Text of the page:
Facing up the driverless-car barriers
Over the next decade connected and autonomous vehicles (CAVs) are expected to generate millions of dollars for the global economy.
At least, that’s what’s currently predicted by many people in the industry. Yet the expectation that they will be on our roads next year in 2021 is considered to be too optimistic with human drivers still seen at the steering wheel of most vehicles. Daphne Leprince-Ringuet writes in her March 2020 article for CNET, For self-driving cars, winter is coming, and its introduction says: “We’ve been promised connected and autonomous cars for several years but the delivery date seems to be ever-further in the future.” She points out that despite big promises “drivers are still very much to be found at the steering wheels of the cars currently roaming the streets around us.”
Beyond the hype
So, what is the reality beyond the hype? Steve New, associate professor in operations management at Saïd Business School, University of Oxford, thinks much of what’s happening depends on how you define the terms ‘fully autonomous’ and ‘road’.
He explains: “If the first means something you can jump into, punch in a postcode or say ‘take me to Auntie Mabel’s house’ and then sit back and read a novel, and ‘road’ means normal roads… then we’re many, many years away. I’d guess a decade at least and probably more. Maybe not at all.
“The reason is that the pure ‘robotics’ issues are only part of the puzzle. There are humongous issues to be addressed alongside the technical challenges: infrastructure, insurance, testing, and the environmental cost (the environmental cloud computing costs to run the vehicles are not negligible). These are issues that proceed at a slower pace than technical development, so I think the timelines often discussed in the media (e.g. the Zenzic roadmap) are rather heroic. These issues also, necessarily, will need to be resolved mostly at an international level and so there’s a lot of politics to get through too.”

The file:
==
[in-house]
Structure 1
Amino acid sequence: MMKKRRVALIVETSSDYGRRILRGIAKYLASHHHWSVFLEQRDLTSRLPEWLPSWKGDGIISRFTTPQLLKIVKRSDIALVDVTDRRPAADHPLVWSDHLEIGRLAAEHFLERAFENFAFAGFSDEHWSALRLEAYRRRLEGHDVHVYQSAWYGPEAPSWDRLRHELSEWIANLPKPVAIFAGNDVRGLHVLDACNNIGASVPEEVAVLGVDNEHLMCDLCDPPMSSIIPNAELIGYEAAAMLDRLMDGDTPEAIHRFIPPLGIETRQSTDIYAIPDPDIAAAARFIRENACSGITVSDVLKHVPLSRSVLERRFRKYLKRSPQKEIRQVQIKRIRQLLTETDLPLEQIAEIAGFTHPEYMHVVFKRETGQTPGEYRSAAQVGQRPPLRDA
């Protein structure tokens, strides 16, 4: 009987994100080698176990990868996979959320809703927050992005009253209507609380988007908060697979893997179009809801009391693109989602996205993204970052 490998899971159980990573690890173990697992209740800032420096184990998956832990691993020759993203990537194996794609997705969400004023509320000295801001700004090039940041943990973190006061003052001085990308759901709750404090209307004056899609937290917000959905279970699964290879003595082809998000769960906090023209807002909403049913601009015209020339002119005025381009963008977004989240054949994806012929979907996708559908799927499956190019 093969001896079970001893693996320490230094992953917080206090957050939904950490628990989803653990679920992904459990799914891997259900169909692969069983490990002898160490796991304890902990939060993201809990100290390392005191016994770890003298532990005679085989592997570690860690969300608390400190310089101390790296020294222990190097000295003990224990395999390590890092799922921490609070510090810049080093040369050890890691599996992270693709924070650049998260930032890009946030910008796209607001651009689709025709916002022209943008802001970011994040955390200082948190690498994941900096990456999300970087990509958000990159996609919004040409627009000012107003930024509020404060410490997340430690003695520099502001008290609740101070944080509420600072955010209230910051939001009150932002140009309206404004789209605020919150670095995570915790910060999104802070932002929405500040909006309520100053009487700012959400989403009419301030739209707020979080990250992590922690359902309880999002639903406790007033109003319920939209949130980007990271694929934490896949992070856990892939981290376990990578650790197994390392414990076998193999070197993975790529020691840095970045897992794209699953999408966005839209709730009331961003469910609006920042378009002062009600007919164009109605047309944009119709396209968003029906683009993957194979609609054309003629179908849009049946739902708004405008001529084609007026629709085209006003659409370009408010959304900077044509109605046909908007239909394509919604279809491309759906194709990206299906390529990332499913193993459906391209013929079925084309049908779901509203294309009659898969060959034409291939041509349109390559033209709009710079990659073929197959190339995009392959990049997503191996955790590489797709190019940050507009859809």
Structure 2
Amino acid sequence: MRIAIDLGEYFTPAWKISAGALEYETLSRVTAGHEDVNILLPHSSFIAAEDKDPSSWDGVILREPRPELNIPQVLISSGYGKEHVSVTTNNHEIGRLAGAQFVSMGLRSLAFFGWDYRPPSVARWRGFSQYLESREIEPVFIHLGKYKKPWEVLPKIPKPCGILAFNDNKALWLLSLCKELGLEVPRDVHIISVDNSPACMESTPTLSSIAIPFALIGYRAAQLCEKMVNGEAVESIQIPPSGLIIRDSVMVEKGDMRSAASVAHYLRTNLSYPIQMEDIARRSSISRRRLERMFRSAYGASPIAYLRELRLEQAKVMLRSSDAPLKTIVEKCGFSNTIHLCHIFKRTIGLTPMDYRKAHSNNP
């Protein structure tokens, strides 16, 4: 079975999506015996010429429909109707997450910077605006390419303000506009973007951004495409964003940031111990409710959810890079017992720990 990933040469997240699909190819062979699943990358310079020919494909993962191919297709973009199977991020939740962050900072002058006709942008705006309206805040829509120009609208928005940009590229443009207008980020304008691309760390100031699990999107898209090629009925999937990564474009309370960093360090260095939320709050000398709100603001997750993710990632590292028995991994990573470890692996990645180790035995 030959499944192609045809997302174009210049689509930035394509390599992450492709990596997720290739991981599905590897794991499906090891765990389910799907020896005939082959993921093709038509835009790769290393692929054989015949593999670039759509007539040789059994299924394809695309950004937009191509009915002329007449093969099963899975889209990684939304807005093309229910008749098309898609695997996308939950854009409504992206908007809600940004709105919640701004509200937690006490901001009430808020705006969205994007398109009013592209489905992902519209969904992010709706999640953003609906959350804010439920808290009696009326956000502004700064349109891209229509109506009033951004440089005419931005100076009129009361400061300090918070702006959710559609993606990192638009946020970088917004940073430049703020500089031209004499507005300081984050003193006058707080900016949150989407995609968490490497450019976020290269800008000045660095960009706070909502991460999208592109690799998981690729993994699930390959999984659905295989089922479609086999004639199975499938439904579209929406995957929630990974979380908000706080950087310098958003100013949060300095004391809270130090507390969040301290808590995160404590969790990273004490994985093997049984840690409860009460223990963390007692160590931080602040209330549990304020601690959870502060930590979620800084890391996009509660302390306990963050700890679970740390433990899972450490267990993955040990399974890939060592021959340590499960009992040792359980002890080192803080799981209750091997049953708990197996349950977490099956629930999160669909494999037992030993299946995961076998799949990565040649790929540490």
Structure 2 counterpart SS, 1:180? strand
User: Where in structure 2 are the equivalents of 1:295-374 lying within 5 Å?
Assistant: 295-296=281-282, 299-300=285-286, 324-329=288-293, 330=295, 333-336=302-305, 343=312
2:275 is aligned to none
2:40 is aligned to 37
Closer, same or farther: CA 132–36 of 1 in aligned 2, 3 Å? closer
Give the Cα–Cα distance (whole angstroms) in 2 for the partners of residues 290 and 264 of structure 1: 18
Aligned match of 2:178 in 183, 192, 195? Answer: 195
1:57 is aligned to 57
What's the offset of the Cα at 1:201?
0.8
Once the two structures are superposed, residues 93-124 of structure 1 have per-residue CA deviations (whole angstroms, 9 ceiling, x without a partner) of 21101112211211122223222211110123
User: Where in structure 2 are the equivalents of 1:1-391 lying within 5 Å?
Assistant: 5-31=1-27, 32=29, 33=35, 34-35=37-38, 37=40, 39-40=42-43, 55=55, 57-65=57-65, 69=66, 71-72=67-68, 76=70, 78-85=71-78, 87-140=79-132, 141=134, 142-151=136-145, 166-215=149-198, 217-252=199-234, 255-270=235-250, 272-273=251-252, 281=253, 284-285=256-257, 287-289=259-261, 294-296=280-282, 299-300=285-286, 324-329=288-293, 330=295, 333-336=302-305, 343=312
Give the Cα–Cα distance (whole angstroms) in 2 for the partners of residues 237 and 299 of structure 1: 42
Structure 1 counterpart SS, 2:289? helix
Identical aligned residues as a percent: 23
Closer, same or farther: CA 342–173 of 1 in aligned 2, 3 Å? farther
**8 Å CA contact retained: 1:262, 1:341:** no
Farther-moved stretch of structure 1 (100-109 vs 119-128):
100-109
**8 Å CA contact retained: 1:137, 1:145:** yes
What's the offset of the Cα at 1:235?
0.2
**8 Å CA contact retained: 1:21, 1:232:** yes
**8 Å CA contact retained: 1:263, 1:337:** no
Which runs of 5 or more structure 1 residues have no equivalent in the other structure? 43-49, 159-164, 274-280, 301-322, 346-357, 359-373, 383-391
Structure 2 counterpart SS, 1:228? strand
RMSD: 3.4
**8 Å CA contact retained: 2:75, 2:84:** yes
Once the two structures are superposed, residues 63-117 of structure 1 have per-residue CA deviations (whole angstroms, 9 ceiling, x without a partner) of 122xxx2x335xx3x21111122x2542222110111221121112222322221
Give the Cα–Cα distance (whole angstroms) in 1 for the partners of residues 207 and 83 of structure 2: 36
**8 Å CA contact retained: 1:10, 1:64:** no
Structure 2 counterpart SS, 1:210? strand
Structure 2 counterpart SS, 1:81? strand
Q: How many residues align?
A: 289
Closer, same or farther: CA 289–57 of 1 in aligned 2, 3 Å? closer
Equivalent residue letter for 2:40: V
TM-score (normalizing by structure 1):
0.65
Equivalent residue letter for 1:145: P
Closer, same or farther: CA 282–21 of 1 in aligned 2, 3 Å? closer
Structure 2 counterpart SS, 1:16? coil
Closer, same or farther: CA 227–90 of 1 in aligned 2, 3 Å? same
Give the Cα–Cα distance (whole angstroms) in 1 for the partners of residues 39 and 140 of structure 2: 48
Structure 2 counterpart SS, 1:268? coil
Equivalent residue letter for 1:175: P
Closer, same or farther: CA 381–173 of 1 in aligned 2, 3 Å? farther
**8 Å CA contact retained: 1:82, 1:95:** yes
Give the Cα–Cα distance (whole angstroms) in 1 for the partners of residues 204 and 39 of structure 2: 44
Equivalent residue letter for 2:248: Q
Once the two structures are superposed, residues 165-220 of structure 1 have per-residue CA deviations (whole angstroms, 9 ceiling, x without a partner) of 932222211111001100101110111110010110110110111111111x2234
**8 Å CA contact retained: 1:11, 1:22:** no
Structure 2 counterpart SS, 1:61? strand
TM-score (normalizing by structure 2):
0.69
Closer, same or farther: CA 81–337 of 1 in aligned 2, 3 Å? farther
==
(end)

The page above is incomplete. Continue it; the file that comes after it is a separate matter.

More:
Yet there are signs of autonomous success stories, such as the experimental public transport pods that are trundling around at low speeds in Milton Keynes. He thinks they might arrive quite quickly.
However, he underlines that a substantive roll-out of what people consider to be autonomous vehicles is much more distant a prospect. “There’s a similar gigantic leap from a car trundling along in a relatively empty and calm motorway, to coping with complex traffic conditions, erratic pedestrians, bad weather, poor light and roadworks,” he stresses.
To read the complete article, visit TU-Automotive.